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Stocks opened lower Wednesday as a raft of companies beating earning estimates but failed to impress investors.
Anthony Viceroy, President of Global Operations, Porter Novelli writes, "Upon peering into its crystal ball late last year, the Economist dubbed 2009 "The Year of the CFO" — which sounds like a pretty exciting prospect for a guy like me. But in its article, the magazine went on to posit, “Recession, credit crunch and the increasingly complex nature of global companies will all play directly into the bean counter’s hands......that’s harsh"
Earnings season continues in earnest Wednesday, as we roll on with a week that will ultimately see 25 percent of the S&P 500 report their quarterly numbers.
It finally listed. It didn't sell. In a shocking development, no bids came through for the $1.1 million Microsoft Xbox autographed by Sarah Palin.
After hours, the traders poured over the latest earnings from Apple and Texas Instruments. What do their numbers say about tech firms reporting later this week?
With Apple, Yahoo!, eBay and so many other tech earnings coming this week, what are the Fast Money traders watching?
Google handily beat analysts' expectations for both profit and revenue on Thursday. It was the company's strongest sequential revenue growth in more than a year, as the advertising business showed signs of recovery from the global recession. Heath Terry, media and Internet analyst at FBR Capital Markets shared his earnings analysis and company outlook.
The company soundly beat on the top and bottom lines, with $2.40 a share on $23.6 billion. And most importantly, IBM did indeed raise its full year EPS guidance, from $9.70 to $9.85 a share.
Bank stocks slipped Thursday after results from Goldman and Citi failed to live up to heightened expectations. Is the dip a buying opportunity?
The S&P 500 reached a new 52-week high this morning, following strong quarterly reports from JPMorgan and Intel. As investors cheered the news, a total of 111 stocks in the S&P 500 hit new 52-week highs in today's trading session.
Stocks fell on Tuesday after the Dow closed near the 10,000 mark on Monday. What is the best move for investors now? Roy Williams, CEO of Prestige Wealth Management, and Bill Smead, CEO and CIO of Smead Capital Management, shared their investment insights.
The markets will continue to grind higher, propelled by forthcoming reports that will show growing strength in the economy, said Alec Young, equity strategist at Standard & Poor's, and Benny Lorenzo, CEO of Kaufman Brothers.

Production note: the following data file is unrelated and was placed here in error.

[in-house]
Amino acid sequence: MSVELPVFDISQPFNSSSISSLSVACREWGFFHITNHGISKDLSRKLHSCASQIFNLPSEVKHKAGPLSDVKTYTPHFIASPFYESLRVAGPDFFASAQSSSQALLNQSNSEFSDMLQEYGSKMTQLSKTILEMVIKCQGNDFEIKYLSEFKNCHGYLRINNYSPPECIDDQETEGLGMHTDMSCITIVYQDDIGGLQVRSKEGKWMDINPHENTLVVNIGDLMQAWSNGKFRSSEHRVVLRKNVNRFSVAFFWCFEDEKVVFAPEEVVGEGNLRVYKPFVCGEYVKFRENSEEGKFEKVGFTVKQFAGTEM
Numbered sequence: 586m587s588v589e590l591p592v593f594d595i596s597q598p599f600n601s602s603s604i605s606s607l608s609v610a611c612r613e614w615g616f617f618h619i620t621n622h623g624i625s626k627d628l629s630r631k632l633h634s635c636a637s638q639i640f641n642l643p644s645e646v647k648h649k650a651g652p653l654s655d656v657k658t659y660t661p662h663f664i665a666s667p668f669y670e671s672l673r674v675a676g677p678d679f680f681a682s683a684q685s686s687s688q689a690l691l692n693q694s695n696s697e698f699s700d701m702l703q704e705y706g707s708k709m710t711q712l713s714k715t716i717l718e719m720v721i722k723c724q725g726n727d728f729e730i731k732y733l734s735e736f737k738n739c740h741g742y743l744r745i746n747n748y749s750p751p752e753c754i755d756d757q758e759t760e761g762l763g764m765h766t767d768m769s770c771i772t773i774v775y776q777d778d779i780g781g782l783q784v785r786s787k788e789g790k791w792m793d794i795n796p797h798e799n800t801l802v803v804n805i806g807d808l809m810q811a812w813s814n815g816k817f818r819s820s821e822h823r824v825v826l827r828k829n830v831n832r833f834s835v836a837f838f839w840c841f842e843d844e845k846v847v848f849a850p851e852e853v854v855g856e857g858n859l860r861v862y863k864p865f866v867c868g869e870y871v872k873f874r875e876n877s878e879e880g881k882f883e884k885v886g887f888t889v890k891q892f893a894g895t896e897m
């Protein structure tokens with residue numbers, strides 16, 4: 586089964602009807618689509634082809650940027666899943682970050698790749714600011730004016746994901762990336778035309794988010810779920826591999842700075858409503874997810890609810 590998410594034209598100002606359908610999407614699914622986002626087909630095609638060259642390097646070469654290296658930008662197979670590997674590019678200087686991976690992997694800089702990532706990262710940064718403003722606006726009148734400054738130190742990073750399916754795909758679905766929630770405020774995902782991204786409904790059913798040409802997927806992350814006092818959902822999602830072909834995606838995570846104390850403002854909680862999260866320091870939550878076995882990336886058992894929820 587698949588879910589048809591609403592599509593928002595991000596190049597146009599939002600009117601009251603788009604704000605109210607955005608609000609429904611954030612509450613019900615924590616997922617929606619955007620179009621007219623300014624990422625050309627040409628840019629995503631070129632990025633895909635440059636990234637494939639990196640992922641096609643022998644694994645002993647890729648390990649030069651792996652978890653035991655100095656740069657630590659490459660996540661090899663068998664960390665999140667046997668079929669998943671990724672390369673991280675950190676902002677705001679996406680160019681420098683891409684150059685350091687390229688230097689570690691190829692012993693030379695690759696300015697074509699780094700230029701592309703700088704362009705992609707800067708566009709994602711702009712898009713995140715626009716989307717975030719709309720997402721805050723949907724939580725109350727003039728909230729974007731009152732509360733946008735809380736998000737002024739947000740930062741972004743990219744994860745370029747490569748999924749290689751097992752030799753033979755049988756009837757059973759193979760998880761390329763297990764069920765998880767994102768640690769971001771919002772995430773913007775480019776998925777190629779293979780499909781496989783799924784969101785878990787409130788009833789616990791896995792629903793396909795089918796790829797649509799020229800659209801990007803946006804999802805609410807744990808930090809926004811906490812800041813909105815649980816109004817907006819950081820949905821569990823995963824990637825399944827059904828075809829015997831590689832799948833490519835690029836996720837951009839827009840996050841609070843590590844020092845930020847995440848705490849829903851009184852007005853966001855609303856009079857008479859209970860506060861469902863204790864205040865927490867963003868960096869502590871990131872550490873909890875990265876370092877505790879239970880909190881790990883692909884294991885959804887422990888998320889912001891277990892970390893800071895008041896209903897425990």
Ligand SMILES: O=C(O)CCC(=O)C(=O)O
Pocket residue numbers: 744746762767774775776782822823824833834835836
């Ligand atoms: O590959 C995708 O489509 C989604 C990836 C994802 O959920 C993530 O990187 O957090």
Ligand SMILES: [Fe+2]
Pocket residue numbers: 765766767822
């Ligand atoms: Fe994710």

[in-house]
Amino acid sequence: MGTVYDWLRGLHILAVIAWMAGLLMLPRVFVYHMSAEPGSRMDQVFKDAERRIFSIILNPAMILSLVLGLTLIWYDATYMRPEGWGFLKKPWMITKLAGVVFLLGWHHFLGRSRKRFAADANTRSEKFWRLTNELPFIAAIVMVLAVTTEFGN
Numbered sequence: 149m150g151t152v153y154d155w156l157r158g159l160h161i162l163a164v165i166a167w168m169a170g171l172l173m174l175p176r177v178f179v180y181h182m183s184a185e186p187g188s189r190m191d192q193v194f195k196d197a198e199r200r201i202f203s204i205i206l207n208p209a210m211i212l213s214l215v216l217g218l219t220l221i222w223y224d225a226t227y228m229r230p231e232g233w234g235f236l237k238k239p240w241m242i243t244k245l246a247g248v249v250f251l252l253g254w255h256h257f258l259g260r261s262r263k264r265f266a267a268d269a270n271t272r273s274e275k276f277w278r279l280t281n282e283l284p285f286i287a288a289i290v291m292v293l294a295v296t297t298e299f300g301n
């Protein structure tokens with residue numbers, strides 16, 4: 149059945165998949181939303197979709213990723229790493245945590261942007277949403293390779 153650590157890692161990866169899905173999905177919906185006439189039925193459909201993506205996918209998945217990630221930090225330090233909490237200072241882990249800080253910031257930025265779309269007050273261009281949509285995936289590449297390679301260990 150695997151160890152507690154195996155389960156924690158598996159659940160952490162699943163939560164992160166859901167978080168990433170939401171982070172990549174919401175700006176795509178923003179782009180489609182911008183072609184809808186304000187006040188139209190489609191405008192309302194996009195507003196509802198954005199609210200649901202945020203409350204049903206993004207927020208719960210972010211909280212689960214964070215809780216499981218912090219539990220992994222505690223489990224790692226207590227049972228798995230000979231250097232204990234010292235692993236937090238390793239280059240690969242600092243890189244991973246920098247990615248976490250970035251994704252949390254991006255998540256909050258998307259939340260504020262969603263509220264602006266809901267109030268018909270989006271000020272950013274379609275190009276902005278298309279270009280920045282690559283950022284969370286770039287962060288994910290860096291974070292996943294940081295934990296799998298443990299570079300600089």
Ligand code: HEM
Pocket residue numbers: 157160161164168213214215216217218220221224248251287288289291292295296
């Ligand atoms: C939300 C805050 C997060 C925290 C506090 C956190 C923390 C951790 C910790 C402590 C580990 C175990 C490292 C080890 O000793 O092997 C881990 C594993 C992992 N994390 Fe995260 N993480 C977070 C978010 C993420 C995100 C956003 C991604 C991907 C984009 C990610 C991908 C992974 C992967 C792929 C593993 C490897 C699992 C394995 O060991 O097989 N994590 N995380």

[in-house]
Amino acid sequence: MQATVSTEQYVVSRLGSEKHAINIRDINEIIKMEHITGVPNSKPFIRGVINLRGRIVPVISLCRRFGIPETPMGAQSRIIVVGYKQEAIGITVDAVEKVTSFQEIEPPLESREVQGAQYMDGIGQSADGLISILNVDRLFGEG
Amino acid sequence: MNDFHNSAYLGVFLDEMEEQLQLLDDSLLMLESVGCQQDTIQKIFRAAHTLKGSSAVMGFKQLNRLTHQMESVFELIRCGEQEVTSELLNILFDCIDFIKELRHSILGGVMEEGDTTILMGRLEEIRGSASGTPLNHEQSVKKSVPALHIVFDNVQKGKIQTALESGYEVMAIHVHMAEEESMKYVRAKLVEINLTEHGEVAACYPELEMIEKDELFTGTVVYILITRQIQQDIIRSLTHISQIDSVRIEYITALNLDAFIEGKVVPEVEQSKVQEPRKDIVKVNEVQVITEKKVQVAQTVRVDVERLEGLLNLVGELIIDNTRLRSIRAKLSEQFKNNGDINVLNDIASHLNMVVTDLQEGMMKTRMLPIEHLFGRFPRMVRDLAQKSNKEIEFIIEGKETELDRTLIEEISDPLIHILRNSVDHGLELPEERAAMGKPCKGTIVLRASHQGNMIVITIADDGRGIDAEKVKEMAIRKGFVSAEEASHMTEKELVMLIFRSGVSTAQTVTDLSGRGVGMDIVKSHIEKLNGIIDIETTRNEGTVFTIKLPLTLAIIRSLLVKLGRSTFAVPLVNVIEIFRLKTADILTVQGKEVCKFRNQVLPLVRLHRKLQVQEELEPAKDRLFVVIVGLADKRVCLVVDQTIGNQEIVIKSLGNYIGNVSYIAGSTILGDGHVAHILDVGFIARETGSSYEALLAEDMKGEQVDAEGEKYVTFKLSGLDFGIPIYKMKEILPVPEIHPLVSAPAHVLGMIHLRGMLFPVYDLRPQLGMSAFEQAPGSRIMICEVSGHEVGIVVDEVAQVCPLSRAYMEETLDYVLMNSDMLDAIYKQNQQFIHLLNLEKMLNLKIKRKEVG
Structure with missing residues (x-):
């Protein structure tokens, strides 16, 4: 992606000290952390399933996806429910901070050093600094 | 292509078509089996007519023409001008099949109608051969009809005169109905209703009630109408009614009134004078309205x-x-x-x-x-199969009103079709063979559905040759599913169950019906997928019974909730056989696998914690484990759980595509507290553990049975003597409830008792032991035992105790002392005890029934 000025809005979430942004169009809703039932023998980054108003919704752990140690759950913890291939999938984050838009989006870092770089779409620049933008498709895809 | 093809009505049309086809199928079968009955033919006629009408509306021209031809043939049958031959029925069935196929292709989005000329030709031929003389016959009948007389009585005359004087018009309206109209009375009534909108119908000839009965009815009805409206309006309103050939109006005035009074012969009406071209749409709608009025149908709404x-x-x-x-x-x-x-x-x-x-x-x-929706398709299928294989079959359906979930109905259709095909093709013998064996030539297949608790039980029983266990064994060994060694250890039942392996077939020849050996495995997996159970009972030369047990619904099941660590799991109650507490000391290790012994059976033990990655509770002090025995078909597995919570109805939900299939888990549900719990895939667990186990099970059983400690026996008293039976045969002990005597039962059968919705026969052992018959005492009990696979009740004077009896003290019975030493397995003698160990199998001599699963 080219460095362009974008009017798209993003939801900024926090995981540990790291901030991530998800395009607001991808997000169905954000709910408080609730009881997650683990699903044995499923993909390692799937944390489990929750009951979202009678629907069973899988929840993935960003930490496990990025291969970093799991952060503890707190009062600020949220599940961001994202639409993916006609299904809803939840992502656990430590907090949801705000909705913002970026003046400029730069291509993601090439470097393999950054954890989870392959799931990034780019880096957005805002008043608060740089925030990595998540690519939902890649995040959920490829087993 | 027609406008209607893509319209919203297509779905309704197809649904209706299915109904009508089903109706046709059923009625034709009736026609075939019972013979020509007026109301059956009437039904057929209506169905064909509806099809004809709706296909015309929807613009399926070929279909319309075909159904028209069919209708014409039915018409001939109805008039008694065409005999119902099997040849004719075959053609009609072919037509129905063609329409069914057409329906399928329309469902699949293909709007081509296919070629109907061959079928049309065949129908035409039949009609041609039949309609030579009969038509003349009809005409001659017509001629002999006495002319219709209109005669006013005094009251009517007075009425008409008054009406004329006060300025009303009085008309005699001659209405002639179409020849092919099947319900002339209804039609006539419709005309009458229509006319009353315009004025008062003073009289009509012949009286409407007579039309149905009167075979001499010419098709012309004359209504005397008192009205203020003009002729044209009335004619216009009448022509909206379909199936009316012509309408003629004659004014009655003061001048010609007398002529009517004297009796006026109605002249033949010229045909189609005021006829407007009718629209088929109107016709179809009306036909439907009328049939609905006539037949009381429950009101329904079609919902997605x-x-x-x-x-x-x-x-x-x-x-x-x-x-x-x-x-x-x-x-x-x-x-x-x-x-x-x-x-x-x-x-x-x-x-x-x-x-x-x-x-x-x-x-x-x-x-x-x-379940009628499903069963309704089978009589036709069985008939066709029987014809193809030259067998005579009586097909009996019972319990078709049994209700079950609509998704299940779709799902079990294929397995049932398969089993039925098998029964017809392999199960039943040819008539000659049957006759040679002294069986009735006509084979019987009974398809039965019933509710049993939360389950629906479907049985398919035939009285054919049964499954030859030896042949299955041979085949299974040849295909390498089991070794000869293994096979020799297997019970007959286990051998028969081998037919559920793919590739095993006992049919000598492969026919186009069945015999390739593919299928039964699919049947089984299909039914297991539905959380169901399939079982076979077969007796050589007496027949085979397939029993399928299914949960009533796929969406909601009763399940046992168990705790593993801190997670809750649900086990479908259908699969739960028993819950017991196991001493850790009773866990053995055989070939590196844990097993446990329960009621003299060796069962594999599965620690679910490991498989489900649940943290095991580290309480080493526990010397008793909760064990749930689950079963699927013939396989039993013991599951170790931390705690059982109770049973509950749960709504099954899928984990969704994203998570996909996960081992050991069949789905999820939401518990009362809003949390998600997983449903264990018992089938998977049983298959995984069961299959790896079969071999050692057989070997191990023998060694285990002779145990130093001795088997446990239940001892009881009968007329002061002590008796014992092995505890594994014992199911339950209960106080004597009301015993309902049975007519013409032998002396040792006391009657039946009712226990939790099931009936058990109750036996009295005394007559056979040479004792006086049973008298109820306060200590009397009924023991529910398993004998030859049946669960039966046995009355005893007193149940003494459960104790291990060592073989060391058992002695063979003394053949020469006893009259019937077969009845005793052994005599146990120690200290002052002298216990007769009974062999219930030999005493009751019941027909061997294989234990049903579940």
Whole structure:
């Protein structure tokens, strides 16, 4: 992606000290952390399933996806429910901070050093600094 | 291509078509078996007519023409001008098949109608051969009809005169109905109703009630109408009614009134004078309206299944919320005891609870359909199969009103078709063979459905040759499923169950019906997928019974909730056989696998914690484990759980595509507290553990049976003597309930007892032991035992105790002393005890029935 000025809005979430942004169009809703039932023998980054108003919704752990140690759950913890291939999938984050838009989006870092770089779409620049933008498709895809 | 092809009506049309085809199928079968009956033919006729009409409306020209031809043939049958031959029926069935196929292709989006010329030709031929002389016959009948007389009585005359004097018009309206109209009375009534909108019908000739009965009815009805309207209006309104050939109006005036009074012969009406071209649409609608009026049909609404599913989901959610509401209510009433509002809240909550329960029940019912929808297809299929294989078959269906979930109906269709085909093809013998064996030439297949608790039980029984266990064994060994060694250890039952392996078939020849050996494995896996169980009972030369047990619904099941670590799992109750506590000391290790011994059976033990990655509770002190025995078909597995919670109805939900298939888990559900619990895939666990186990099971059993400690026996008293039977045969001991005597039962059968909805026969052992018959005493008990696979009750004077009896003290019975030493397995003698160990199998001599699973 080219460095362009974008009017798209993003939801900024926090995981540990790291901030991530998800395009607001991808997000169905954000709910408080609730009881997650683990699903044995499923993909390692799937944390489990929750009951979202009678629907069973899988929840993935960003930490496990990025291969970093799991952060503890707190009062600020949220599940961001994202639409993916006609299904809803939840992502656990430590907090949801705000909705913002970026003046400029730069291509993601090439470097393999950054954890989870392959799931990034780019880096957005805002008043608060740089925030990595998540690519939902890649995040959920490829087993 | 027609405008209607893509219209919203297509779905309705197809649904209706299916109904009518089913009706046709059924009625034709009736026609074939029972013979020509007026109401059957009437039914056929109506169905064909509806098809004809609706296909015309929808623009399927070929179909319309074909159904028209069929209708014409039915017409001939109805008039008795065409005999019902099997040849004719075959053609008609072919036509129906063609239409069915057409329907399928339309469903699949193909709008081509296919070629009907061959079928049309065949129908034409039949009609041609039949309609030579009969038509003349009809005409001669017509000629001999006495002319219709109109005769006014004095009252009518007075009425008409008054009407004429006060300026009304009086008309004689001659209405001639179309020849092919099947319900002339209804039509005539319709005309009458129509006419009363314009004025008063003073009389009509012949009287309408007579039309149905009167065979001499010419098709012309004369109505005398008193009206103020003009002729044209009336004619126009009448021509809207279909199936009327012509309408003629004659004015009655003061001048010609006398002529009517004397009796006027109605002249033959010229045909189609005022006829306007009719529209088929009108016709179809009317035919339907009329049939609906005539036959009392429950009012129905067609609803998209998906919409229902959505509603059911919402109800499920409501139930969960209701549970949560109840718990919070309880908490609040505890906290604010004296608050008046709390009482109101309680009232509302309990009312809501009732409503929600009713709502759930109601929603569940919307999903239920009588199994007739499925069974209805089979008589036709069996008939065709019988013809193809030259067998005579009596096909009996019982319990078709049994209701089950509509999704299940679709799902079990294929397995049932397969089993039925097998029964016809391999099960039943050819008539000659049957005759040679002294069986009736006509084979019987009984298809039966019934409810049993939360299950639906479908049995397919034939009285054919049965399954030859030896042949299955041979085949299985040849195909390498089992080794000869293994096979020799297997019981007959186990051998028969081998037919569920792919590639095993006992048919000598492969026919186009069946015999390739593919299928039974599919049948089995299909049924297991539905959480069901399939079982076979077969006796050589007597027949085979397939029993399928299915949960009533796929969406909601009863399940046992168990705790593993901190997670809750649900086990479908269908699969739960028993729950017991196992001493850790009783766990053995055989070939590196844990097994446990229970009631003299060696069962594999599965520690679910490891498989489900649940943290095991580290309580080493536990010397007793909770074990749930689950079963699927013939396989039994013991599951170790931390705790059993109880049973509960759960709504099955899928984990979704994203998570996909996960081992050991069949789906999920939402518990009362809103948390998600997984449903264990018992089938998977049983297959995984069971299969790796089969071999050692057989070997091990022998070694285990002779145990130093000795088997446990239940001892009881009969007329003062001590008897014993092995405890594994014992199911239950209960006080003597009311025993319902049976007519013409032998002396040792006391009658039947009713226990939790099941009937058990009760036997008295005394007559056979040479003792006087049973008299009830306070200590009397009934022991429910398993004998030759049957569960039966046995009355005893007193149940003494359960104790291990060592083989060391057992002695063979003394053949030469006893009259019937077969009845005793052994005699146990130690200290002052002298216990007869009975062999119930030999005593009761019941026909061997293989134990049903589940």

The United Football League kicks off tonight with the California Redwoods taking on the Las Vegas Locomotives at 9 p.m. ET on Versus. It’s hard enough to start a new football league from scratch and it’s even harder to do that during these trying economic times. I sat down with the league’s chief operating officer Frank Vuono.
Plus, could eBay save the Sunshine State from its housing collapse?
Norma Kamali didn't exactly see the recession coming. She just happened to be positioned perfectly when it hit.
Following are the day’s biggest winners and losers. Find out why shares of Mosaic and NutriSystem popped while Vimpel-Comm and St. Jude Medical dropped.
A Microsoft Xbox360 which appears to sport the autograph of former Alaska Gov. Sarah Palin is back up on Ebay, maintaining its original asking price of $1.1 million. Thanks to Funny Business readers who alerted me.
The Lightning Round is extended in this CNBC.com exclusive feature.
One of the most highly scrutinized pieces of spending by public companies during the economic downturn was sports sponsorship and bringing clients to live sporting events. And it made sense. Companies that said they used sports to do business didn’t do a particularly good job of publicly rationalize that spend.
It's been a weird week, and we have a weird list of outrageously less-than-stellar performances in the world of business. Here are our nominees. Vote for your favorite in the poll below.